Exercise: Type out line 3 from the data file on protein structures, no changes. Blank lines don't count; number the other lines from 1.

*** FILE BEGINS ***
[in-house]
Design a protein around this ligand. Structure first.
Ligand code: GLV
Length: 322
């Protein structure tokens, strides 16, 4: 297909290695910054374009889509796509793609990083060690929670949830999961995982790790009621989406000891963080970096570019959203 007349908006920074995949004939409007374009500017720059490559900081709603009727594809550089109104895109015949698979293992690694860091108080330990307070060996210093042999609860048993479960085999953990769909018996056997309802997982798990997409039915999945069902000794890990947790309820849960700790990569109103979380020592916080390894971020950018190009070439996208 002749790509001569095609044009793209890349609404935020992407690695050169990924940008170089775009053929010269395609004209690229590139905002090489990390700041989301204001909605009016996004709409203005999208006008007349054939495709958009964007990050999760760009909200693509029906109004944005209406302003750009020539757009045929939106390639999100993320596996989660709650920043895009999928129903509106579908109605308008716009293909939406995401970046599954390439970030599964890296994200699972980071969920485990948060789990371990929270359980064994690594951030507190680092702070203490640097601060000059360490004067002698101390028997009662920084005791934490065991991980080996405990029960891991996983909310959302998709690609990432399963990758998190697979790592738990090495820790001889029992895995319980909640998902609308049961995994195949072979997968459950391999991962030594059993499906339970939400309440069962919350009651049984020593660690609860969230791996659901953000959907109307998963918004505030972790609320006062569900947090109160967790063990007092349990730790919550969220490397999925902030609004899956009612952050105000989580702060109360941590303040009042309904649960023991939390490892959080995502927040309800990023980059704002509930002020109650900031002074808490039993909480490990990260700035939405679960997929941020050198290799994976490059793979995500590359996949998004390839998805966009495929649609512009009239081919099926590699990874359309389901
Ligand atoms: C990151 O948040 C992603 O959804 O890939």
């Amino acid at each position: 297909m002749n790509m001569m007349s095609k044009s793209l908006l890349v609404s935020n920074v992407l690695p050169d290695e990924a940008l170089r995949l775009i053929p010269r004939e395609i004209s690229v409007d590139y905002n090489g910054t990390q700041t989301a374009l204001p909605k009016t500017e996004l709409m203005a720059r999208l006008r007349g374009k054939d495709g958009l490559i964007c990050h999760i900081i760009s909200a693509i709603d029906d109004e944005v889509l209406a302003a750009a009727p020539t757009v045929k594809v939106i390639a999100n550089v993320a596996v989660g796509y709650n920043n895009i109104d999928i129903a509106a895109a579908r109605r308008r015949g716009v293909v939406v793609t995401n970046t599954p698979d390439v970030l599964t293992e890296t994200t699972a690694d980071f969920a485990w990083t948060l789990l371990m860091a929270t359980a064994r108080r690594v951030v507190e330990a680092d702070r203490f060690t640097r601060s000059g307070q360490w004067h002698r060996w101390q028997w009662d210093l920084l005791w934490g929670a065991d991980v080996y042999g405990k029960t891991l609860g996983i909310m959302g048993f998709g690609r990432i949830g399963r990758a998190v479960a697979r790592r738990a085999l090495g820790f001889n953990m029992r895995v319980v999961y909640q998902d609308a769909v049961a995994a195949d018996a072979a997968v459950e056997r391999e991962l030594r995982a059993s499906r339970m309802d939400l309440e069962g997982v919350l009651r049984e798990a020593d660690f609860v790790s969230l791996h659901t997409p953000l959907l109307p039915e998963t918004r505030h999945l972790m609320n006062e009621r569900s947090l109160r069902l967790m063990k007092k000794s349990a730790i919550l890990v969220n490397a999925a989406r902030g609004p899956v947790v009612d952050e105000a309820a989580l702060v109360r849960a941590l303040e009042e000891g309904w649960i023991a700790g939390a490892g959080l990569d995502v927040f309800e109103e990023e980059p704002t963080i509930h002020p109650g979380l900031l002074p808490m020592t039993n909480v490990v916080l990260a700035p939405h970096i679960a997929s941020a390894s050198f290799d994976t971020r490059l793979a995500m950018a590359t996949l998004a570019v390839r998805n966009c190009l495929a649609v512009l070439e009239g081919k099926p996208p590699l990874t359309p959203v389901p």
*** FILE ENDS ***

Ligand code: GLV